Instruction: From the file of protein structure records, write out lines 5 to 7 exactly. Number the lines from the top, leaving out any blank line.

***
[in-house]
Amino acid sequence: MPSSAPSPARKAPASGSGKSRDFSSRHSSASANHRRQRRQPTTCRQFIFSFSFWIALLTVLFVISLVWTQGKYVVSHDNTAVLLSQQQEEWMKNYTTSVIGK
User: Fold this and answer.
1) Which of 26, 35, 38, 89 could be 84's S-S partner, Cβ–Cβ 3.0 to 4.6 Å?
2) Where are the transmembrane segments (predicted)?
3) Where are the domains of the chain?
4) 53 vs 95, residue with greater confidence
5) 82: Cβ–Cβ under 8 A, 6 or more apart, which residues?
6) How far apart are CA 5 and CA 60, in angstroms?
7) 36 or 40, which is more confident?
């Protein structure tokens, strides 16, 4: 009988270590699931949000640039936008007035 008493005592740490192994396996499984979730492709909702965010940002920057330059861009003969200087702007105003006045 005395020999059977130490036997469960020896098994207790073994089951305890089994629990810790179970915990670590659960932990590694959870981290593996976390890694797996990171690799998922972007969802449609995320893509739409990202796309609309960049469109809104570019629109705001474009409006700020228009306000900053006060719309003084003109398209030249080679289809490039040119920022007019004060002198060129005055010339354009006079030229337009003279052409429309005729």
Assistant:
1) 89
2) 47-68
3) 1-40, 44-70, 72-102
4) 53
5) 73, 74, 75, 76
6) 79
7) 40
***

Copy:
2) Where are the transmembrane segments (predicted)?
3) Where are the domains of the chain?
4) 53 vs 95, residue with greater confidence